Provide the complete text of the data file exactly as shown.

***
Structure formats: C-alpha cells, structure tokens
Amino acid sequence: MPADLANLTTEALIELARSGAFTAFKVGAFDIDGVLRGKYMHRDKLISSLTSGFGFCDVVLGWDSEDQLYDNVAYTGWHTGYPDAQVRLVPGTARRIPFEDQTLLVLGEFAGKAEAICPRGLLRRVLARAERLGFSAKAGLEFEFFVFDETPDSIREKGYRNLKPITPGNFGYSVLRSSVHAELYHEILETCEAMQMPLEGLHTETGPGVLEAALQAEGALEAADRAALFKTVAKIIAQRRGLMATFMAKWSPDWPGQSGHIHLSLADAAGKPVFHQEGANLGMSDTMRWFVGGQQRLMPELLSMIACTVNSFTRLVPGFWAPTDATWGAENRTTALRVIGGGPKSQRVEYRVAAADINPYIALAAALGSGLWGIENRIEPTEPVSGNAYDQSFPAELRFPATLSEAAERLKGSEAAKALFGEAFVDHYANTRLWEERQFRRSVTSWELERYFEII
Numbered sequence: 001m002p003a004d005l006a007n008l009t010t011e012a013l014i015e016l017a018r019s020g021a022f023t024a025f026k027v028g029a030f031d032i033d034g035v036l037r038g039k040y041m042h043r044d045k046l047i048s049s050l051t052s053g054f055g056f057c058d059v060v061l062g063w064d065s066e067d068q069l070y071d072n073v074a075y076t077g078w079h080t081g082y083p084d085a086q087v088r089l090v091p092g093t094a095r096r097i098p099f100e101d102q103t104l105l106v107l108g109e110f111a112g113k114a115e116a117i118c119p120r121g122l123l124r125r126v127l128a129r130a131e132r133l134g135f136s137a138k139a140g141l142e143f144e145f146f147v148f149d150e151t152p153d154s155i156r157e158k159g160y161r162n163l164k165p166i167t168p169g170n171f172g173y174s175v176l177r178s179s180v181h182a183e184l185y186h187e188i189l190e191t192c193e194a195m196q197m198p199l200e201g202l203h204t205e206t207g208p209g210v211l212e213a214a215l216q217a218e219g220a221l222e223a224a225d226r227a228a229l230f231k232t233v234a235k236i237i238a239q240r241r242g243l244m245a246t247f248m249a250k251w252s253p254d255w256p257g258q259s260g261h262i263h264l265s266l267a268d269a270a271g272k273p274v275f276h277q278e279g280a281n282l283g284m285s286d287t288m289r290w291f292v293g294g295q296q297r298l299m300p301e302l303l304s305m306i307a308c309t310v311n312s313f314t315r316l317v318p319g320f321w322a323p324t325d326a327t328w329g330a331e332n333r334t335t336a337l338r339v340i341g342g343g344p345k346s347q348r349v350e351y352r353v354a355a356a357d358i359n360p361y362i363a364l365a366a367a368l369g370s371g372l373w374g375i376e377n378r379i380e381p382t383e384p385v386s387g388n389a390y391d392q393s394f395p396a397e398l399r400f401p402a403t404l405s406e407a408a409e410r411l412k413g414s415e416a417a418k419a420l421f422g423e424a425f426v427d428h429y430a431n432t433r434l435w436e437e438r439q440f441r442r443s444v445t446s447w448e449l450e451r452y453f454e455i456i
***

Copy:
Structure formats: C-alpha cells, structure tokens
Amino acid sequence: MPADLANLTTEALIELARSGAFTAFKVGAFDIDGVLRGKYMHRDKLISSLTSGFGFCDVVLGWDSEDQLYDNVAYTGWHTGYPDAQVRLVPGTARRIPFEDQTLLVLGEFAGKAEAICPRGLLRRVLARAERLGFSAKAGLEFEFFVFDETPDSIREKGYRNLKPITPGNFGYSVLRSSVHAELYHEILETCEAMQMPLEGLHTETGPGVLEAALQAEGALEAADRAALFKTVAKIIAQRRGLMATFMAKWSPDWPGQSGHIHLSLADAAGKPVFHQEGANLGMSDTMRWFVGGQQRLMPELLSMIACTVNSFTRLVPGFWAPTDATWGAENRTTALRVIGGGPKSQRVEYRVAAADINPYIALAAALGSGLWGIENRIEPTEPVSGNAYDQSFPAELRFPATLSEAAERLKGSEAAKALFGEAFVDHYANTRLWEERQFRRSVTSWELERYFEII
Numbered sequence: 001m002p003a004d005l006a007n008l009t010t011e012a013l014i015e016l017a018r019s020g021a022f023t024a025f026k027v028g029a030f031d032i033d034g035v036l037r038g039k040y041m042h043r044d045k046l047i048s049s050l051t052s053g054f055g056f057c058d059v060v061l062g063w064d065s066e067d068q069l070y071d072n073v074a075y076t077g078w079h080t081g082y083p084d085a086q087v088r089l090v091p092g093t094a095r096r097i098p099f100e101d102q103t104l105l106v107l108g109e110f111a112g113k114a115e116a117i118c119p120r121g122l123l124r125r126v127l128a129r130a131e132r133l134g135f136s137a138k139a140g141l142e143f144e145f146f147v148f149d150e151t152p153d154s155i156r157e158k159g160y161r162n163l164k165p166i167t168p169g170n171f172g173y174s175v176l177r178s179s180v181h182a183e184l185y186h187e188i189l190e191t192c193e194a195m196q197m198p199l200e201g202l203h204t205e206t207g208p209g210v211l212e213a214a215l216q217a218e219g220a221l222e223a224a225d226r227a228a229l230f231k232t233v234a235k236i237i238a239q240r241r242g243l244m245a246t247f248m249a250k251w252s253p254d255w256p257g258q259s260g261h262i263h264l265s266l267a268d269a270a271g272k273p274v275f276h277q278e279g280a281n282l283g284m285s286d287t288m289r290w291f292v293g294g295q296q297r298l299m300p301e302l303l304s305m306i307a308c309t310v311n312s313f314t315r316l317v318p319g320f321w322a323p324t325d326a327t328w329g330a331e332n333r334t335t336a337l338r339v340i341g342g343g344p345k346s347q348r349v350e351y352r353v354a355a356a357d358i359n360p361y362i363a364l365a366a367a368l369g370s371g372l373w374g375i376e377n378r379i380e381p382t383e384p385v386s387g388n389a390y391d392q393s394f395p396a397e398l399r400f401p402a403t404l405s406e407a408a409e410r411l412k413g414s415e416a417a418k419a420l421f422g423e424a425f426v427d428h429y430a431n432t433r434l435w436e437e438r439q440f441r442r443s444v445t446s447w448e449l450e451r452y453f454e455i456i